The Clean Water Act is a complicated piece of legislation, and complying with its requirements can be extremely challenging. However, KKMI has demonstrated a strong commitment to meeting the requirements of the law, and in many cases, sets the standard for environmental stewardship among boatyards in the Bay Area and across California.
Efforts to contact CSPA to better understand what they are trying to accomplish with their lawsuit were unsuccessful, but it’s our opinion that their actions have nothing to do with protecting either sportfishing or water quality. By raising the costs of boat ownership, they run the risk of undermining both of these professed goals.
Many of the resource management programs supported by the California Department of Fish and Wildlife are supported by fishing and big game licenses. If the cost of boat ownership becomes too prohibitive, the people who buy fishing licenses will stop buying, and the revenues used to manage fishery resources will be reduced. This will have a detrimental impact on fisheries and sportfishing.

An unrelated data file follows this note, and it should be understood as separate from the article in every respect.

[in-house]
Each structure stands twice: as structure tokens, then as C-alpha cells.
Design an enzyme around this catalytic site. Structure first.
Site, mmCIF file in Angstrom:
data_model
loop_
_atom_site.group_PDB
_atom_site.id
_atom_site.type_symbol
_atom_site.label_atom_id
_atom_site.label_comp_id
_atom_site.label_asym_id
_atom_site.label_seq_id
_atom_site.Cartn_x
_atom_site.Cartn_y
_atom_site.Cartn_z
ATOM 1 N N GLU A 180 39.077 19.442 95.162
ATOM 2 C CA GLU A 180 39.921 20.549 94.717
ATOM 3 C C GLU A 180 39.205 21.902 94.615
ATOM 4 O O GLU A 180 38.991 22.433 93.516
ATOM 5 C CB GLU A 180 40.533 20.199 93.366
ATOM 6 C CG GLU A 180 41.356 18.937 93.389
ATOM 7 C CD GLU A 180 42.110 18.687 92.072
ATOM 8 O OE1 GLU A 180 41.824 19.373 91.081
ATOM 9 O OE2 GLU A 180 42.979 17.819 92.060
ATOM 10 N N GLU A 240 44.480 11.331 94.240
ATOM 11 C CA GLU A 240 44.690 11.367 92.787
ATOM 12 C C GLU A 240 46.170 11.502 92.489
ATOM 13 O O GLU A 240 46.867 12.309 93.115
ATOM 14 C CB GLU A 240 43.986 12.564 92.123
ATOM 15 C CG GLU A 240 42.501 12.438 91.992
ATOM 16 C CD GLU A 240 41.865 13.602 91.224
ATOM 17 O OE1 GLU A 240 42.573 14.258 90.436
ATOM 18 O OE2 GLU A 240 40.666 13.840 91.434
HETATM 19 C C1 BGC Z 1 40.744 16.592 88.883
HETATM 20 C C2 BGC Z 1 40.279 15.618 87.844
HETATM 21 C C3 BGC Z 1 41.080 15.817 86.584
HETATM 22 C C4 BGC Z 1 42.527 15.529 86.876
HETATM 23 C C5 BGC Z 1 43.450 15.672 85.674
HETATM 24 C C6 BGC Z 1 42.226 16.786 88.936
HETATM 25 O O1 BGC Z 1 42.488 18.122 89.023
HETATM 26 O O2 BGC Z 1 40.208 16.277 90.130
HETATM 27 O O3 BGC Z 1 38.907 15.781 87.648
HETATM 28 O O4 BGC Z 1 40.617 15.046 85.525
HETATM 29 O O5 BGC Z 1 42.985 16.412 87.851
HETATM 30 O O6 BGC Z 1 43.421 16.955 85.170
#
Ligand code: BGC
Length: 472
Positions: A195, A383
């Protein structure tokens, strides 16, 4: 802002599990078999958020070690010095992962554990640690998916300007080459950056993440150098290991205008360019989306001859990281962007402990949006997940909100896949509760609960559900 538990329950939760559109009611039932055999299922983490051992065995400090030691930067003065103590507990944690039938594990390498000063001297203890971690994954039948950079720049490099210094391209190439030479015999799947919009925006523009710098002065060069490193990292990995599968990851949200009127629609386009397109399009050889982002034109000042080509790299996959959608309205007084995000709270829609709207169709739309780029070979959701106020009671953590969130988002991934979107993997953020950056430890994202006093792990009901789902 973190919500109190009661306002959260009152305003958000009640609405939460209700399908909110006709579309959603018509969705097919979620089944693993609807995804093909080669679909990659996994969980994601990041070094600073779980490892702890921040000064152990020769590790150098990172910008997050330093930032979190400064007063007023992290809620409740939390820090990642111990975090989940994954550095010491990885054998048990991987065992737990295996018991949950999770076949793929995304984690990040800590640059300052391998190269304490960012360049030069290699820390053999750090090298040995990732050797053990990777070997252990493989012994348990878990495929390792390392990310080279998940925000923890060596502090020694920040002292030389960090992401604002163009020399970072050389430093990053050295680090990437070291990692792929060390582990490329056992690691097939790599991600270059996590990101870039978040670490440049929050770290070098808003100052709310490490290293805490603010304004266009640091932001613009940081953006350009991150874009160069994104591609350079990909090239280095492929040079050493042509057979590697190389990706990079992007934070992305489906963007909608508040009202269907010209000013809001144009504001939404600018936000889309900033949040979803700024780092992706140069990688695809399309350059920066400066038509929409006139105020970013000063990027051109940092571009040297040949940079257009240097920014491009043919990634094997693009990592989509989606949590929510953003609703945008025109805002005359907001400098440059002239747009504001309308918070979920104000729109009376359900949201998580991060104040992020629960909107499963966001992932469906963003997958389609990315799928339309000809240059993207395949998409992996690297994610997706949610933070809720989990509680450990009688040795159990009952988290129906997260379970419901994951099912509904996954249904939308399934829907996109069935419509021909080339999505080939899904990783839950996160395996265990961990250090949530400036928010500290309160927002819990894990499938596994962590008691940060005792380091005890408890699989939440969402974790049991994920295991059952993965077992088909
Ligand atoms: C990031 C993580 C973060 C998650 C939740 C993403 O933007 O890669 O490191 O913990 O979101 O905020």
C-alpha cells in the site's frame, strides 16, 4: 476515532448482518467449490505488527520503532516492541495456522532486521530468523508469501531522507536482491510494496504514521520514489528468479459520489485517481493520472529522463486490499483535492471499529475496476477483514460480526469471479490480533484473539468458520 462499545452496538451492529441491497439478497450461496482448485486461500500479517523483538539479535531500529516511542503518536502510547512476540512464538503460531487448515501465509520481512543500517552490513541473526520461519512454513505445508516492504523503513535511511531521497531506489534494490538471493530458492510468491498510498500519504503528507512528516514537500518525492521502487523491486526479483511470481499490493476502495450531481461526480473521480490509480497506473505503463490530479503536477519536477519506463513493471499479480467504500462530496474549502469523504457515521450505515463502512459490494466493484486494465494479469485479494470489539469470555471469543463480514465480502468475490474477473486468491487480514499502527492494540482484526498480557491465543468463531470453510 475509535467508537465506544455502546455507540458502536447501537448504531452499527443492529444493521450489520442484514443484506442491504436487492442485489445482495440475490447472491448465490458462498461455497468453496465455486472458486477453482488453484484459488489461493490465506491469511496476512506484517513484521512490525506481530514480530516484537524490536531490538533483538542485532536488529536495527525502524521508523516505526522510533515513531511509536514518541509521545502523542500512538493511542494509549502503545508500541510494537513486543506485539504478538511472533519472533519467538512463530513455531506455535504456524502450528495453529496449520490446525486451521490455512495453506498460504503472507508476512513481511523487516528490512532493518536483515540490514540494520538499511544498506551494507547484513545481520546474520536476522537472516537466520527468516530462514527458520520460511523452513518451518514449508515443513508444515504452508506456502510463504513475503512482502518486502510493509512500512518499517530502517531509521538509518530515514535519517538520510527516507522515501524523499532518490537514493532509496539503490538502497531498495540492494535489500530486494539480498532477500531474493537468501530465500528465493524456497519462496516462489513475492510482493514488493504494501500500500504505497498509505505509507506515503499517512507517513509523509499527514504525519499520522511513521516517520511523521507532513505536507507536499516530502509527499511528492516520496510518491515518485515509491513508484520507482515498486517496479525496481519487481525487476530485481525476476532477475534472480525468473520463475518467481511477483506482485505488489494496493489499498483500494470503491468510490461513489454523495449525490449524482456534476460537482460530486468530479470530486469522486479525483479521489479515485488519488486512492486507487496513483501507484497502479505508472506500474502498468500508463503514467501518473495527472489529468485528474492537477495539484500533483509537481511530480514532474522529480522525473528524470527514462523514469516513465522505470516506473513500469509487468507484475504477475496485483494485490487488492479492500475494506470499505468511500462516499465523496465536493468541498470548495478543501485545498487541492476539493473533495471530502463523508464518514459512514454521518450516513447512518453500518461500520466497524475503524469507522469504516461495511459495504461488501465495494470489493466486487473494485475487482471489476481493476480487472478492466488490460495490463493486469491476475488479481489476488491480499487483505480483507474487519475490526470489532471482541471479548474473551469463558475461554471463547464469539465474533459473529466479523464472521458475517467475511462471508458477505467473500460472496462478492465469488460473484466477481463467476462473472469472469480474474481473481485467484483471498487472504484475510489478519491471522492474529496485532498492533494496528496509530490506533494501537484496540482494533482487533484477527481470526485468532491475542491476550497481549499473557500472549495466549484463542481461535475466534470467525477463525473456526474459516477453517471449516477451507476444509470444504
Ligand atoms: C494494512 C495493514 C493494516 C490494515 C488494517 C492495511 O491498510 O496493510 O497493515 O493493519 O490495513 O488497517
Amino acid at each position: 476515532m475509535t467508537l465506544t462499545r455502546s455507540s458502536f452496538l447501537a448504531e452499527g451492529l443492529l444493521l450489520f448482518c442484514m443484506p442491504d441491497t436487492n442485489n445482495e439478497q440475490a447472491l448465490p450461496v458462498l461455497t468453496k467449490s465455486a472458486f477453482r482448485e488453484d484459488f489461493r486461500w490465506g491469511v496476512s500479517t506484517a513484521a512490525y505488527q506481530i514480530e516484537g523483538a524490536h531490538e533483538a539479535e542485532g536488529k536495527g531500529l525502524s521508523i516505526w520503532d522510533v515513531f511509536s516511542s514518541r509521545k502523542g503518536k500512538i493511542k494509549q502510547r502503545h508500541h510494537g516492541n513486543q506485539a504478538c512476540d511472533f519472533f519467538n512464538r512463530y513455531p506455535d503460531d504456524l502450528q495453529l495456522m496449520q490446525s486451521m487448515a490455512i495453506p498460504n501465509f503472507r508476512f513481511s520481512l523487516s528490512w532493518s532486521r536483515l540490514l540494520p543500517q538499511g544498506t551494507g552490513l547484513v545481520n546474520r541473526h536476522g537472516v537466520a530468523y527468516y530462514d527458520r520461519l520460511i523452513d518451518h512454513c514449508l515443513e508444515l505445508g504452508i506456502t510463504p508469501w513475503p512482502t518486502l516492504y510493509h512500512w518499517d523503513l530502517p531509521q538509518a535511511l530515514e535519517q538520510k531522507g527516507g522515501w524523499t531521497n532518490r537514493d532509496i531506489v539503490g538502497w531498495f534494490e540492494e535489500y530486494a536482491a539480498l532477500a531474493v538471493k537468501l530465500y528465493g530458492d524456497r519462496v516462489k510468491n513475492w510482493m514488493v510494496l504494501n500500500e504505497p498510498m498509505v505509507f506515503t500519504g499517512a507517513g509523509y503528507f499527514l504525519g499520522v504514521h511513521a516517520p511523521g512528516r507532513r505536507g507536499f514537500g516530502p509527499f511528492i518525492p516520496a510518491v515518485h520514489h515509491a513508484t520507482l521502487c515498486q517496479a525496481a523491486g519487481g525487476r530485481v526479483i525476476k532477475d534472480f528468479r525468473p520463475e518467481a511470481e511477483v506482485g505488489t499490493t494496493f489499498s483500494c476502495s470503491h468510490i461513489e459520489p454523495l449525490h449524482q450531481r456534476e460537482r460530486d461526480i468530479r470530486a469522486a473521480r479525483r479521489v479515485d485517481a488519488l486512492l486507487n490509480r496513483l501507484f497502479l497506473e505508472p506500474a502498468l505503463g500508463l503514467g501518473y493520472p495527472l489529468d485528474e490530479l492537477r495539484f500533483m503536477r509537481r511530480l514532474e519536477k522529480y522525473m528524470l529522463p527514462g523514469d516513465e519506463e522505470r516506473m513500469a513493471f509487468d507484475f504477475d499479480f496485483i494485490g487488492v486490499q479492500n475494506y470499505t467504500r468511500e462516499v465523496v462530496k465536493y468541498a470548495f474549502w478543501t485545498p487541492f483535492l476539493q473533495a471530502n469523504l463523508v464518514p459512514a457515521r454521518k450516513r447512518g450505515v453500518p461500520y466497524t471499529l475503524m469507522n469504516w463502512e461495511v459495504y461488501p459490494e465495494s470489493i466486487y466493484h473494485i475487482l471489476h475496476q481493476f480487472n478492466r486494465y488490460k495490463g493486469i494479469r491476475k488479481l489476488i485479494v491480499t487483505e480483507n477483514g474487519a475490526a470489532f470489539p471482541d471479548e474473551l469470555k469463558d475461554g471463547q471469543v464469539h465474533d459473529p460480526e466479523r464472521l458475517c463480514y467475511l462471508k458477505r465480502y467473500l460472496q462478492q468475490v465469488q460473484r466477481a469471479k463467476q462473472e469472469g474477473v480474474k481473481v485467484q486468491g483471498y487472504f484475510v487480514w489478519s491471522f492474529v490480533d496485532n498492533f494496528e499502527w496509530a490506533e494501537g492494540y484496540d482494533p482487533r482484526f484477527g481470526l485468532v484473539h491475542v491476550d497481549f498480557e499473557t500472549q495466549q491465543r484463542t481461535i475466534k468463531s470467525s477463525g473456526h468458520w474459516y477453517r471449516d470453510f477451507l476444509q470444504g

Likewise, due to the increased costs of yard services at a yard that is continually striving to improve the environmental quality of its operations, boat owners may forego boatyard services altogether — or worse, give up sailing because it’s become too expensive. This would be unfortunate for many reasons, not least because well-maintained boats are invariably cleaner than boats that are poorly maintained. This will have a detrimental impact on water quality, and on the quality of the experience we sailors and boaters have when we are out on the water.
Ahead of the settlement hearing on Friday, February 15, we urge our readership to support KKMI in this matter. As sailors and stewards of our environment, let us hope that the parties reach an agreement.
This editorial has been updated.
Valentine’s Day is around the corner, and an article in my local sail’g rag, Latitude 38, brought a tear to my eye: the Forty Year Club. So far, I’ve got about 29 years of marriage under my belt, and always had a sailboat or two for about a dozen years before that. My wife recently said, “You’ve cheated on me!” Knowing that wasn’t the case, I asked if she could run down some of the highlights to jog my memory.